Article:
I agree that we should come down like a ton of bricks on those who overstep those bounds, but each and every one of us has a moral and ethical obligation to weigh every request, order or demand from authority before complying. Doing the right thing is not always easy, but that's life. If people, as a whole, would grow a collective backbone, those in authority would be far less inclined to overstep their bounds because they would have the proverbial snowball's chance of succeeding with whatever it is they are trying to do that is unethical or dishonest. As long as we keep complying with authority because "I was just following orders" we are willing accomplices in their evil. That's not the way I want to live my life.
        • by Thing 1 (178996)

          I agree that we should come down like a ton of bricks on those who overstep those bounds, but each and every one of us has a moral and ethical obligation to weigh every request, order or demand from authority before complying.

          Exactly right! I for one vote that Qwest be restored the government contracts that were stripped from it[1] when it grew a spine. ([1] -- Should I say "he", now, after Citizens United, another government oxymoron? Or perhaps "she", since Qwest was acting in the power of good?)

          As long as we keep complying with authority because "I was just following orders" we are willing accomplices in their evil.

          Yeah, except ignoring the order "leave this crime scene", while not a constitutional order, will result in your jailing or beating or dying, so I obey those types of unconstitutional orders... (I tend not to ask "please be specific

    • by Sloppy (14984) on Friday December 30, 2011 @12:28PM (#38539172) Homepage Journal

      The 9th circuit isn't doing that; Congress did it in 2008. That was the very intent of the FISA amendment, and there really wasn't any ambiguity about it. Many people simply hated it at the time. (Though most didn't hate it enough to vote against the people who did it -- both McCain and Obama who supported it as senators, combined got an overwhelming majority of the votes for president. Doing what they did, didn't destroy their campaigns.) Don't blame the court for that. The AT&T suit really ought to be dead; the time to fight for justice was 3.5 years ago and we collectively decided it wasn't important.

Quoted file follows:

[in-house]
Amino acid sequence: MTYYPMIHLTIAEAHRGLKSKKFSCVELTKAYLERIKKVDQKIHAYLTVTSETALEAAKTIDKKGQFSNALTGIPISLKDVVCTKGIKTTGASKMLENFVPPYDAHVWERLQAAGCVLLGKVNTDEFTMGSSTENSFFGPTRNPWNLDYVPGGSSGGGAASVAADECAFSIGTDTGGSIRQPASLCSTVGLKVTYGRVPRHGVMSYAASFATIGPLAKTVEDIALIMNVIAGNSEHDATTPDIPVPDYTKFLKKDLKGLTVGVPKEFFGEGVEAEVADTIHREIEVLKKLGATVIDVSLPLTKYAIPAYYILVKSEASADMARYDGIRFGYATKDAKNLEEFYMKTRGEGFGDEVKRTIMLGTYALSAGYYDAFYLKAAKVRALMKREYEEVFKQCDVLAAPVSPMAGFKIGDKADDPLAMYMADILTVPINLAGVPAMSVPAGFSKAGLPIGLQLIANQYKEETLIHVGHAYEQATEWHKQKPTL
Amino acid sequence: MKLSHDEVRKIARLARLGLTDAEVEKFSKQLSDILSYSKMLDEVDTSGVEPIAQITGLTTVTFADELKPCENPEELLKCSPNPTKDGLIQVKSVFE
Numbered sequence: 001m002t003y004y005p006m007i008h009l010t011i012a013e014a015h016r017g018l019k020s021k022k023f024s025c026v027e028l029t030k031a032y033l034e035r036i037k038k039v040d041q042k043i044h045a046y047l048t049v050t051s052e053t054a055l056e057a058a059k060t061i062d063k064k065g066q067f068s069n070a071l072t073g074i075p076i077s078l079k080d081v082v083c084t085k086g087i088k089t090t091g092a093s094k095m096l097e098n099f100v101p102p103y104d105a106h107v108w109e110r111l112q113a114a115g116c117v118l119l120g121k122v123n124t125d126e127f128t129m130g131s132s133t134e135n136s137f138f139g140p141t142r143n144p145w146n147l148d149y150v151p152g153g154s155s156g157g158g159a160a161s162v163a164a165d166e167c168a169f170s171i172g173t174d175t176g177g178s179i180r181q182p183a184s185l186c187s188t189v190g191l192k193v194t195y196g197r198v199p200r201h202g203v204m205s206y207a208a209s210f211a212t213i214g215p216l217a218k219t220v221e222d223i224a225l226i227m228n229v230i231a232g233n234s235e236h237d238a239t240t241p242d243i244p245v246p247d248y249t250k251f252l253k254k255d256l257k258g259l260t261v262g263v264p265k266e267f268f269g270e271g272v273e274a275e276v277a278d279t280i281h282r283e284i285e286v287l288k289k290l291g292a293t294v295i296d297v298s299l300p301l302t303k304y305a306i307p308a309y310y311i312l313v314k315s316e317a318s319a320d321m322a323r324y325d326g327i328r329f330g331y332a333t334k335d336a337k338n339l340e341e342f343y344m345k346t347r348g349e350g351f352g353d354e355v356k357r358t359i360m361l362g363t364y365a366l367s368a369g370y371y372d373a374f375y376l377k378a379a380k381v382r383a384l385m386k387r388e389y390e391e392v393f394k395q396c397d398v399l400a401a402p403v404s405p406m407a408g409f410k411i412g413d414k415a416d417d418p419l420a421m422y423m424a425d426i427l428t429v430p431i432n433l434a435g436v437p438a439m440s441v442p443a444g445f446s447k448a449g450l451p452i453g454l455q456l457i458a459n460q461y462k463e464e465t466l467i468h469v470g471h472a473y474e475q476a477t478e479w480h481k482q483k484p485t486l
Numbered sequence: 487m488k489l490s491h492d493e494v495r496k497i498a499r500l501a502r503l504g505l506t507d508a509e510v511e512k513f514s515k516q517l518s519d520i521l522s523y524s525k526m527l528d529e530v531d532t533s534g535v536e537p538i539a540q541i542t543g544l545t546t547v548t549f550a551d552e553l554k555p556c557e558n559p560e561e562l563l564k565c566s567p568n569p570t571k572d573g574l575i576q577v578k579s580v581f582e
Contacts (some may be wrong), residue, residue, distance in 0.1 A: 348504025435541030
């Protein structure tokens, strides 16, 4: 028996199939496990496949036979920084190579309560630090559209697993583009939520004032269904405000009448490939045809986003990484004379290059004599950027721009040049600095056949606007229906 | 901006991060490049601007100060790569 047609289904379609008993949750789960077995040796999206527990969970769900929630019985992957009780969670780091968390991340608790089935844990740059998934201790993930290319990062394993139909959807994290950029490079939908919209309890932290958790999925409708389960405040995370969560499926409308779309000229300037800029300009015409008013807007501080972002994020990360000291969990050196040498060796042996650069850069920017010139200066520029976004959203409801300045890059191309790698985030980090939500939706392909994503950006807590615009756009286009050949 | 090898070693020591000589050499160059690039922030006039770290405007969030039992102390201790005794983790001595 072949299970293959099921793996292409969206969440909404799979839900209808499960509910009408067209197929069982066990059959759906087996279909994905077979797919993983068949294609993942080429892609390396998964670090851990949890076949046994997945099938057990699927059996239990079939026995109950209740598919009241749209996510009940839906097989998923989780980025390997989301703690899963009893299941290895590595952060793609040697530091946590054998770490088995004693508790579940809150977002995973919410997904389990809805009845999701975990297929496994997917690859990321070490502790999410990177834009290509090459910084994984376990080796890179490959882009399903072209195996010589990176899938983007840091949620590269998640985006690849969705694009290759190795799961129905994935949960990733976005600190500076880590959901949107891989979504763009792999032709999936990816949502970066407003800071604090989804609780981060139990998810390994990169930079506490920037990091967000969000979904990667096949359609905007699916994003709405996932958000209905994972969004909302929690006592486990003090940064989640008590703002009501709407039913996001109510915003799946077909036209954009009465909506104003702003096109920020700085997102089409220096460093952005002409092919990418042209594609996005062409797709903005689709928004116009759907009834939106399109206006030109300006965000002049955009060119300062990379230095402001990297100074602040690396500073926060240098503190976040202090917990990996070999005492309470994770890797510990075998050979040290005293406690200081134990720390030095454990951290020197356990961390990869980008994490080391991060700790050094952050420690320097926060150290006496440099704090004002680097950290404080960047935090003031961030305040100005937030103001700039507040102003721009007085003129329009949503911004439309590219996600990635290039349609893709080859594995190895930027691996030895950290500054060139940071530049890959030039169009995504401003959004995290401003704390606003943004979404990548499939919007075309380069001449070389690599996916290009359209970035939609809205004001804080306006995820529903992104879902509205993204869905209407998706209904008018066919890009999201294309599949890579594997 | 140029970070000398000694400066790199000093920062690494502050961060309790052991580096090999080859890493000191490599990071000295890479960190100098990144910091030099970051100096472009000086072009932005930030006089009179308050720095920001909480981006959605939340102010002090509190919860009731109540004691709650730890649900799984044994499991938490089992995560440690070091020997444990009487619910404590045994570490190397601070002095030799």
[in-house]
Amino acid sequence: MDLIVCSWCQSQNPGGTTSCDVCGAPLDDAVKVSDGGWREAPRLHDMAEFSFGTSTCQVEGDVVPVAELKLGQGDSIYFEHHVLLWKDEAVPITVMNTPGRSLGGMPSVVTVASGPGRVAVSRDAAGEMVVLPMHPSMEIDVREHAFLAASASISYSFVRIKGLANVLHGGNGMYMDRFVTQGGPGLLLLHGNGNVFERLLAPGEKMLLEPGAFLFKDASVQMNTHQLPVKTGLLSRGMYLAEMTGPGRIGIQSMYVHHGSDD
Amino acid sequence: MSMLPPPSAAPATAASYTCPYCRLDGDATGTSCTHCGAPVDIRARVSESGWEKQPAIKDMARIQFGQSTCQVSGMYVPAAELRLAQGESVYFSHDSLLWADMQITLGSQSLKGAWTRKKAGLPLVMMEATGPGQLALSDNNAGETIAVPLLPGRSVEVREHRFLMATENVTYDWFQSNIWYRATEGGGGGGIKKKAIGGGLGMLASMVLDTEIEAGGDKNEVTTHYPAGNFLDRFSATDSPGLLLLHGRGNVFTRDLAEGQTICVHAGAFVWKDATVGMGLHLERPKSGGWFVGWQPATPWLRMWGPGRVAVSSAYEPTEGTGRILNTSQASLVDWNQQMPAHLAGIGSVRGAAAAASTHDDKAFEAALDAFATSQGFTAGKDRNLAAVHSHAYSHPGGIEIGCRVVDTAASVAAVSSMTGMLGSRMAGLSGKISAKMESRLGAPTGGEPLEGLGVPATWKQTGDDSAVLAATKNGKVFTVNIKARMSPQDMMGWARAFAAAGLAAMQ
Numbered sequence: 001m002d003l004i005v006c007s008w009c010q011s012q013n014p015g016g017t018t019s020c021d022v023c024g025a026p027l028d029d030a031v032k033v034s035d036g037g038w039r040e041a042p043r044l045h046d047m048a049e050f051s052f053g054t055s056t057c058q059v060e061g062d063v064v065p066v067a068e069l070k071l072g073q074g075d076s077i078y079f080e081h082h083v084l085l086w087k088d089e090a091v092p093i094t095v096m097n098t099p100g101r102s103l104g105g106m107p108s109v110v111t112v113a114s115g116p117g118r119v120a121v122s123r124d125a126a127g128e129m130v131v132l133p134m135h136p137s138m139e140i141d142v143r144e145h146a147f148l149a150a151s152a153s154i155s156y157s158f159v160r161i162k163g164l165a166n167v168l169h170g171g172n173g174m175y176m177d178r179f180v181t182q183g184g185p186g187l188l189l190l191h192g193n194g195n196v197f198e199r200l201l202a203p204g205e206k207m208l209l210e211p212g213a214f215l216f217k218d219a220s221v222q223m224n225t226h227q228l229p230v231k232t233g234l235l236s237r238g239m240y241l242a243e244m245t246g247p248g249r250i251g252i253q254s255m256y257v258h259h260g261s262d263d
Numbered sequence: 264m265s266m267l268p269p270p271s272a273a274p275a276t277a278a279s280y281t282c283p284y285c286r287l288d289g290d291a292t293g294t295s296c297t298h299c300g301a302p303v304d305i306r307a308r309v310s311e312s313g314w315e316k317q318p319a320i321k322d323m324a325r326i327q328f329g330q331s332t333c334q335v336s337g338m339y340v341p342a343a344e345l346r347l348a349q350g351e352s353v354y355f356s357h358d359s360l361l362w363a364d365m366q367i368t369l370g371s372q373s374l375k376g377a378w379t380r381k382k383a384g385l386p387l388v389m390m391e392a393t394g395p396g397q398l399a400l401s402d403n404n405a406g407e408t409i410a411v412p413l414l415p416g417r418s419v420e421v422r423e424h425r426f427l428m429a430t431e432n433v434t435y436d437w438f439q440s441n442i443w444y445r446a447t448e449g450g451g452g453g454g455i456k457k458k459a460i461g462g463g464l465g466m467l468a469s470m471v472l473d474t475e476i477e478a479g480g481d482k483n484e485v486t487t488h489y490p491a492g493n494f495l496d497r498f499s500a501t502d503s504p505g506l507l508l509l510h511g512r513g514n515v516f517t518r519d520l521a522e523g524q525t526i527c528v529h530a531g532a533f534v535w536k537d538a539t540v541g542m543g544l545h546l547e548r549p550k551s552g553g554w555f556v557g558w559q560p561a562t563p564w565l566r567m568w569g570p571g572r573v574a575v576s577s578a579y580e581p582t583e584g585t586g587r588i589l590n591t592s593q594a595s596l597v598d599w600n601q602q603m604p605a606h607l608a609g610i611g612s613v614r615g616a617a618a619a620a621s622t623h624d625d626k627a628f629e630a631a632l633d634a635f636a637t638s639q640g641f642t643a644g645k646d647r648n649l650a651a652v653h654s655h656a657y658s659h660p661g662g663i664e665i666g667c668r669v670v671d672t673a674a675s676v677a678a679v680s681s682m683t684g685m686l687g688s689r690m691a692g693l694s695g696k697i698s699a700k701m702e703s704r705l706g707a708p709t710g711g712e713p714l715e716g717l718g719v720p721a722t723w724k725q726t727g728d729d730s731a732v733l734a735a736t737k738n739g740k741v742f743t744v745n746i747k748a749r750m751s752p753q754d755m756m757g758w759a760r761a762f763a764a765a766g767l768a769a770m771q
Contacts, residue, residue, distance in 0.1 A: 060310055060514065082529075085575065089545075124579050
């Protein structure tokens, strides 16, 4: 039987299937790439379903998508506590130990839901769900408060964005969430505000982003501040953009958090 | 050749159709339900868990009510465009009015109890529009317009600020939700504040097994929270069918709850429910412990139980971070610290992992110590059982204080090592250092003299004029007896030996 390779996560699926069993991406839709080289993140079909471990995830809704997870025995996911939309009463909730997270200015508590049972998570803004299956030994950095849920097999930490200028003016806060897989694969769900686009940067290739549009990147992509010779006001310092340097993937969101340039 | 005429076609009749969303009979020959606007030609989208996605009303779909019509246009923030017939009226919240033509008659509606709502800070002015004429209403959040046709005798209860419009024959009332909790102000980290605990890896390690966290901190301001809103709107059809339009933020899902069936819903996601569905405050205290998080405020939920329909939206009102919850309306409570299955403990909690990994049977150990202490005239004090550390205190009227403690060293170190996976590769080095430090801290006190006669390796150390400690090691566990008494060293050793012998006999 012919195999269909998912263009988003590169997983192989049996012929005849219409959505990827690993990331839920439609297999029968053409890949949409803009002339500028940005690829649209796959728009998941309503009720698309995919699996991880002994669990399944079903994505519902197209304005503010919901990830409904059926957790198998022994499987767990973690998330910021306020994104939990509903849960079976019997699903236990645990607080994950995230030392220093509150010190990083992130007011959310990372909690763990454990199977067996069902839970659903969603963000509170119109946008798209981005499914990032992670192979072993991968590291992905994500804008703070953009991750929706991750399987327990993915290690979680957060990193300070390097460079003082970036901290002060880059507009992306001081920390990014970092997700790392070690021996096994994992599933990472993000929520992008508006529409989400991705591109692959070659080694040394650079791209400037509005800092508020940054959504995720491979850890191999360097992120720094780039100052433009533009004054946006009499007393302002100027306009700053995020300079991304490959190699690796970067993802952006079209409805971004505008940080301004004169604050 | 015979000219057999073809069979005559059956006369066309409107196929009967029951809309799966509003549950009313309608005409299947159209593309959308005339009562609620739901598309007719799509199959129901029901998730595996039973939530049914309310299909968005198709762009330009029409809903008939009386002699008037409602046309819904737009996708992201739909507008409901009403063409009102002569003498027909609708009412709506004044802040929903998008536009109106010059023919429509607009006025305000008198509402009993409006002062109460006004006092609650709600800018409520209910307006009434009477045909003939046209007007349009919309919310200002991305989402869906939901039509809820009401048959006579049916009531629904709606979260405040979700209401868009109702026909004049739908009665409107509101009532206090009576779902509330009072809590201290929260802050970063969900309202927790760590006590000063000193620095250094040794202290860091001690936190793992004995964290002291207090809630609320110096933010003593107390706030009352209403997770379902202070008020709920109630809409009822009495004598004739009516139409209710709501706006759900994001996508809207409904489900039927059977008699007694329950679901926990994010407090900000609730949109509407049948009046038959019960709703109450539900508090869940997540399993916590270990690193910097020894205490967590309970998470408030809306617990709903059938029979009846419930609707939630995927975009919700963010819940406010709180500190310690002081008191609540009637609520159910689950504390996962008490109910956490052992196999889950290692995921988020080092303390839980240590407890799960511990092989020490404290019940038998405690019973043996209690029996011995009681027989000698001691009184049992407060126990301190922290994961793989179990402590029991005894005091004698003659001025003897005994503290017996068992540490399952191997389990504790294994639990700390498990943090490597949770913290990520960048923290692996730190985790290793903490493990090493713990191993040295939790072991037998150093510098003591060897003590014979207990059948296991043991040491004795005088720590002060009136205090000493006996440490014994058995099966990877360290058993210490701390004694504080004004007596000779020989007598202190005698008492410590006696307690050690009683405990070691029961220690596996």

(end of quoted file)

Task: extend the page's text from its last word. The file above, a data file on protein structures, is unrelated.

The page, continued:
We need to accept and take responsibility for that decision. It is hypocritical to vote against justice and still demand it.

      • by fyngyrz (762201)

        There is no "FISA amendment", constitutionally speaking. Don't give it credence it has no right to.

        FISA is unauthorized, illegal legislation which exhorts government employees to break their oaths. No more than that.

    • Re: (Score:2, Interesting)

      by Anonymous Coward

      Great. The Ninth Circuit just made it OK to use "I was just following orders" as a defense, if you're a telecom.

      No, what the Ninth Circuit said was, "if the US Government asks for your assistance in a national security matter and you act in good faith to comply with the existing legal requirements, you can't be prosecuted even if the Government is later found to have acted illegally." Which is as it should be. We want the private sector to cooperate with the government on national security matters. It's a bad thing to ask companies to cooperate with the government and then try to jail them later when they do even aft

      • But the telcos (arguably) didn't comply with all of the legal requirements that existed at the time. There were laws on the books that prohibited wiretapping, and the 4th Amendment prohibits "unreasonable" searches without proper authorization (and, yes, the "unreasonable" clause in the 4th Amendment is a potential loophole; I'll let the lawyers argue about whether or not such requests were "reasonable").